To which the boy replied, "You might try to get your pupils to feel
one deep emotion about life, or to think one worth-while thought;
then they might stand a chance of knowing how it feels to write."

Section 7. Thyrsis was still reading in the papers and magazines of
philanthropists and public-spirited citizens; and he was still
sitting down to write them and explain his plight. He would beg them
to believe that he wanted nothing but a bare living; and he would
send copies of his books or articles or manuscripts, and ask these
people to read them. And about this time an unusual thing
happened--one of these philanthropists answered his letter. He wrote
that he did not agree with Thyrsis' ideas, by any means, but
appreciated the power of his writing, and was certain that he had a
career before him. Whereupon Thyrsis made haste to follow up his
advantage, and wrote another letter--one of the most intense and
impassioned that he ever composed in his life.

He told about the new book he was dreaming. For years he had read
his country's history, and lived in it and thrilled with it.
Especially had he read the Civil War; and now he was planning a book
that should hold the War, and all the meanings of the War, as a
wine-cup holds the rich flavors and aromas of the grape. A titan
struggle it had been, the birth-agony of a nation; and it was a
thing to be contemplated with amazement, that it should have
produced so little in the way of art. Half a dozen poems there were;
but of novels not one above the grade of juvenile fiction.

What Thyrsis was planning was a new form; a series of swift visions,
of glimpses into the very heart of the nation's agony. He described
some of the scenes that were haunting him and driving him. The
winter's night in the ditches in front of Marye's Heights, when the
dead and dying lay piled in windrows, and the soul of a people
sobbed in despair! The night on the field of Gettysburg, when the
young soldier lay wounded, but rapt in his vision, seeing the hosts
of the victorious future defiling upon that hallowed ground! The
ghastly scenes in Andersonville, and the escape, and the long
journey filled with perils; and the siege of Petersburg, and the
surrender; and last of all the ecstasy of the dying man in the
capital, when the grim, war-worn legions were tramping for two days
through the city. Such, wrote Thyrsis, was the book that he wished
to compose, and that was being stifled in him for the lack of two or
three hundred dollars.

Upon the receipt of this letter the philanthropist wrote again,
suggesting that the poet come to see him and talk things over. He
sent the price of a railroad ticket to Boston; and so Thyrsis made
the acquaintance of a new world--one might almost say of a whole new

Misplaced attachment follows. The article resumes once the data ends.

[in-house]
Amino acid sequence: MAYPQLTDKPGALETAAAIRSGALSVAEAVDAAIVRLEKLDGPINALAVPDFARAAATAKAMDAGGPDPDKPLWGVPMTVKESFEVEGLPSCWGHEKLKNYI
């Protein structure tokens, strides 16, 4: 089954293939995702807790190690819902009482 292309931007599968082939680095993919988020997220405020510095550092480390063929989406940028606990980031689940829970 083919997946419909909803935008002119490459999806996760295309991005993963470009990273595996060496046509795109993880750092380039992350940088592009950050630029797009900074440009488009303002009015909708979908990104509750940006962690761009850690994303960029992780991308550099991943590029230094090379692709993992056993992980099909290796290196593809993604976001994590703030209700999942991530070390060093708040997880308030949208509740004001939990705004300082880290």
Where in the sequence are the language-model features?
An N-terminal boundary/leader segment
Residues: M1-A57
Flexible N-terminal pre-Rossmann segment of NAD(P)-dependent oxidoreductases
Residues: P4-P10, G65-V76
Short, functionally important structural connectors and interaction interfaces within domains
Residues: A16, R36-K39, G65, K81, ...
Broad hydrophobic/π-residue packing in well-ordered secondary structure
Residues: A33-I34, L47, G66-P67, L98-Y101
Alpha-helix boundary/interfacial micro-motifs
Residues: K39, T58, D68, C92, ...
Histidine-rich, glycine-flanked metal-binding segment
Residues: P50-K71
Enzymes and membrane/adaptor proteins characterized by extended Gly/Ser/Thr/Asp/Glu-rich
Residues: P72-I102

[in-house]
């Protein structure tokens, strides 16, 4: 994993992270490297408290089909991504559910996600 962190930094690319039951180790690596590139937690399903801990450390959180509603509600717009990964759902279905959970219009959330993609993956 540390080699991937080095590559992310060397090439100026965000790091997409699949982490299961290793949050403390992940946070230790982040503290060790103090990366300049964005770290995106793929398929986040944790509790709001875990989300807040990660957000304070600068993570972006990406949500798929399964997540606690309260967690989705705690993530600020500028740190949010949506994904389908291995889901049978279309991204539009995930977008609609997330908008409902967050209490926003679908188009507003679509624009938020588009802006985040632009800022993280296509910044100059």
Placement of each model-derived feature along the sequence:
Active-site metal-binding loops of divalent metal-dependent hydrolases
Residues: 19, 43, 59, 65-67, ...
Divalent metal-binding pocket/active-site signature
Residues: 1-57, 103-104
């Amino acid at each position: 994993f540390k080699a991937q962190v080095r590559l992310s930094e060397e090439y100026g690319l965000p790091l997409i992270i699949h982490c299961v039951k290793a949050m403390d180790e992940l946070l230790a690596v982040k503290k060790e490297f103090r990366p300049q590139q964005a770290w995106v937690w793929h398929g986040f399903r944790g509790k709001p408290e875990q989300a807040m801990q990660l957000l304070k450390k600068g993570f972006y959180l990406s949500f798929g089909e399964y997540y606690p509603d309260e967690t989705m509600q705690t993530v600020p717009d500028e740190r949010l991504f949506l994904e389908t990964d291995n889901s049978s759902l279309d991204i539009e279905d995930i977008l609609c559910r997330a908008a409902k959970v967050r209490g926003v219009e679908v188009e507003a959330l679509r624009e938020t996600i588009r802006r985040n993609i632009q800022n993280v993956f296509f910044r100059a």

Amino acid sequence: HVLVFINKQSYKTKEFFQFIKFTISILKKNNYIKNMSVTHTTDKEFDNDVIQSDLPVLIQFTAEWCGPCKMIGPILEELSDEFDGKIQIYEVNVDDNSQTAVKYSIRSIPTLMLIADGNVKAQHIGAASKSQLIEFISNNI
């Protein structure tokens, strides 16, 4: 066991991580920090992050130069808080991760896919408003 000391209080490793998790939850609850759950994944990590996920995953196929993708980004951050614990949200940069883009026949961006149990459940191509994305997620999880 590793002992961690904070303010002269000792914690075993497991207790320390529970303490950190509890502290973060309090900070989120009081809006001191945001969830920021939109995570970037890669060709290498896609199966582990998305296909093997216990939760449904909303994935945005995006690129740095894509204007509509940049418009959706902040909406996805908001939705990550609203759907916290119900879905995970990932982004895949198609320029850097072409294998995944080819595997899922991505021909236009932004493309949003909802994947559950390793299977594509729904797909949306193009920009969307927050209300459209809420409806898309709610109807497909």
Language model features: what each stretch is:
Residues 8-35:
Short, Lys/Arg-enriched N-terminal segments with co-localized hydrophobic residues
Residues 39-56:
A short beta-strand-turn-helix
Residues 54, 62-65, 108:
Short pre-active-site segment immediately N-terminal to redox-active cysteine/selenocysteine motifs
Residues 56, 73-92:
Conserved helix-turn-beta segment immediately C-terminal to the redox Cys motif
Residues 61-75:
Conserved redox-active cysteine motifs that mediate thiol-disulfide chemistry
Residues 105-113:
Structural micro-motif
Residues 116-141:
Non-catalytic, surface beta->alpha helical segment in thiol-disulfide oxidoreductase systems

system of worlds.

For here was the Athens of America, the hub of the universe. In
Boston they worshipped culture, they lived in literature and art and
the transcendental excellences; and by the way of showing that there
was no snobbery in them, they opened the gates of their most august
mansions to this soul-sick poet, and invited him to tea.

Thyrsis got a strange impression among these people, who were living
upon their knees before the shrine of their own literary history.
One was treading here upon holy ground; in these very houses had
dwelt immortal writers--their earthly forms had rested in these
chairs, and their auras yet haunted the dim religious light of these
drawing-rooms. There were old people who had known them in the
flesh, and could tell anecdotes about them--to which one listened in
reverent awe; at every gathering one met people who were writing
biographies and memoirs of them, or editing their letters and
journals, or writing essays and appreciations, criticisms and
commentaries and catalogs and bibliographies. And to be worthy of
the visitations of such hallowed influences, one must guard one's
mind as a temple, a place of silences and serenities, to which no
vulgar things could penetrate; one excluded all the uproar of these
days of undisciplined egotism--above all things else one preserved
an attitude of aloofness from that which presumed to call itself
"literature" in such degenerate times.

To have become acquainted with these high standards was perhaps
worth the rent of a room and the cost of some food and clean
collars. So Thyrsis reflected when, after his week of waiting, he
had his interview with the benevolent philanthropist, who explained
to him, at great length, how charity had the effect of weakening the
springs of character, and destroying those qualities of
self-reliance and independence which were the most precious things
in a man.

Section 8. It was a curious coincidence, one that seemed almost
symbolic--that Thyrsis should have gone from the Brahmins of Boston
to the Socialists of the East Side!

In one of the publishing-houses he visited, Thyrsis had met a young
man who gave him a Socialist magazine to read; as the magazine was
published in the next building, Thyrsis went in and met the editor.
About this time they were crowning a new king in England, and
Thyrsis, who had no use for kings, wrote a sarcastic poem which the
Socialist editor published free of charge. And so the boy discovered
a new way in which he could relieve his feelings.

"I see what you want," he admitted, in his arguments with this
editor; "and it's the same thing as I want--every man with any
sense must see that, in the ultimate outcome, all this capital will
be owned by the public and not by private individuals. But what I
object to is the way you go at it. The industrial process is a
necessary thing; it is drilling and disciplining the workers. They